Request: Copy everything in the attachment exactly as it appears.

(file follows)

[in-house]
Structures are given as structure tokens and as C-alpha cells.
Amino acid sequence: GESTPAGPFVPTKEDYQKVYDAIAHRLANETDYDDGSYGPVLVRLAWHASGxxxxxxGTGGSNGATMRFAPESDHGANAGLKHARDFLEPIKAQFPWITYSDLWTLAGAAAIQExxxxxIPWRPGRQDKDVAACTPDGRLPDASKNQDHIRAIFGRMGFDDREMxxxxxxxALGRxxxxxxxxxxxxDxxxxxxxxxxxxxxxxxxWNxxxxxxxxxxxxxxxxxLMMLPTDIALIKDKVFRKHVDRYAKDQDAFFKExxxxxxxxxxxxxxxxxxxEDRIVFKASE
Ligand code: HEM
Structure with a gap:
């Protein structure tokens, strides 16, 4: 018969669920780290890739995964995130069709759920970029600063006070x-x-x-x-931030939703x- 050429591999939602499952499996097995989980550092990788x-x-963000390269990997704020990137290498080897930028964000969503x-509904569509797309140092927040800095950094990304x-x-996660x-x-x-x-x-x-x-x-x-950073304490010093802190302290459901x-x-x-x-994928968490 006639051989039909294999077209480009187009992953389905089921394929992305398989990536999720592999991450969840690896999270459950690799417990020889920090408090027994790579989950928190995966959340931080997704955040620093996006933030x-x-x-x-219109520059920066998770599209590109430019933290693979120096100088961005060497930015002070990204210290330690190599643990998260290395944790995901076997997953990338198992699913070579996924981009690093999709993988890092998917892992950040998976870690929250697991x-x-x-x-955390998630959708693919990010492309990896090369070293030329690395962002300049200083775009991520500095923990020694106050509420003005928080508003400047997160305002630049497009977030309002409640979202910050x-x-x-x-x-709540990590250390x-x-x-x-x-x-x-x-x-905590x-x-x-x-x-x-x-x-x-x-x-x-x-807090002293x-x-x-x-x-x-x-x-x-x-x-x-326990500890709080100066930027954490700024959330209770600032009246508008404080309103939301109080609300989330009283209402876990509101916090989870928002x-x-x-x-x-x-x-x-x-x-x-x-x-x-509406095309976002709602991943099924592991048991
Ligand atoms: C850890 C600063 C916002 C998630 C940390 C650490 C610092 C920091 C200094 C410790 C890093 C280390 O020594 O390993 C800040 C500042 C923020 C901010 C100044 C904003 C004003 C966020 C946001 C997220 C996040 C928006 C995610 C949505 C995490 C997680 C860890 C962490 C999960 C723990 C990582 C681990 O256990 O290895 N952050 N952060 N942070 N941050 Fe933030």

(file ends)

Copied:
[in-house]
Structures are given as structure tokens and as C-alpha cells.
Amino acid sequence: GESTPAGPFVPTKEDYQKVYDAIAHRLANETDYDDGSYGPVLVRLAWHASGxxxxxxGTGGSNGATMRFAPESDHGANAGLKHARDFLEPIKAQFPWITYSDLWTLAGAAAIQExxxxxIPWRPGRQDKDVAACTPDGRLPDASKNQDHIRAIFGRMGFDDREMxxxxxxxALGRxxxxxxxxxxxxDxxxxxxxxxxxxxxxxxxWNxxxxxxxxxxxxxxxxxLMMLPTDIALIKDKVFRKHVDRYAKDQDAFFKExxxxxxxxxxxxxxxxxxxEDRIVFKASE
Ligand code: HEM
Structure with a gap:
């Protein structure tokens, strides 16, 4: 018969669920780290890739995964995130069709759920970029600063006070x-x-x-x-931030939703x- 050429591999939602499952499996097995989980550092990788x-x-963000390269990997704020990137290498080897930028964000969503x-509904569509797309140092927040800095950094990304x-x-996660x-x-x-x-x-x-x-x-x-950073304490010093802190302290459901x-x-x-x-994928968490 006639051989039909294999077209480009187009992953389905089921394929992305398989990536999720592999991450969840690896999270459950690799417990020889920090408090027994790579989950928190995966959340931080997704955040620093996006933030x-x-x-x-219109520059920066998770599209590109430019933290693979120096100088961005060497930015002070990204210290330690190599643990998260290395944790995901076997997953990338198992699913070579996924981009690093999709993988890092998917892992950040998976870690929250697991x-x-x-x-955390998630959708693919990010492309990896090369070293030329690395962002300049200083775009991520500095923990020694106050509420003005928080508003400047997160305002630049497009977030309002409640979202910050x-x-x-x-x-709540990590250390x-x-x-x-x-x-x-x-x-905590x-x-x-x-x-x-x-x-x-x-x-x-x-807090002293x-x-x-x-x-x-x-x-x-x-x-x-326990500890709080100066930027954490700024959330209770600032009246508008404080309103939301109080609300989330009283209402876990509101916090989870928002x-x-x-x-x-x-x-x-x-x-x-x-x-x-509406095309976002709602991943099924592991048991
Ligand atoms: C850890 C600063 C916002 C998630 C940390 C650490 C610092 C920091 C200094 C410790 C890093 C280390 O020594 O390993 C800040 C500042 C923020 C901010 C100044 C904003 C004003 C966020 C946001 C997220 C996040 C928006 C995610 C949505 C995490 C997680 C860890 C962490 C999960 C723990 C990582 C681990 O256990 O290895 N952050 N952060 N942070 N941050 Fe933030």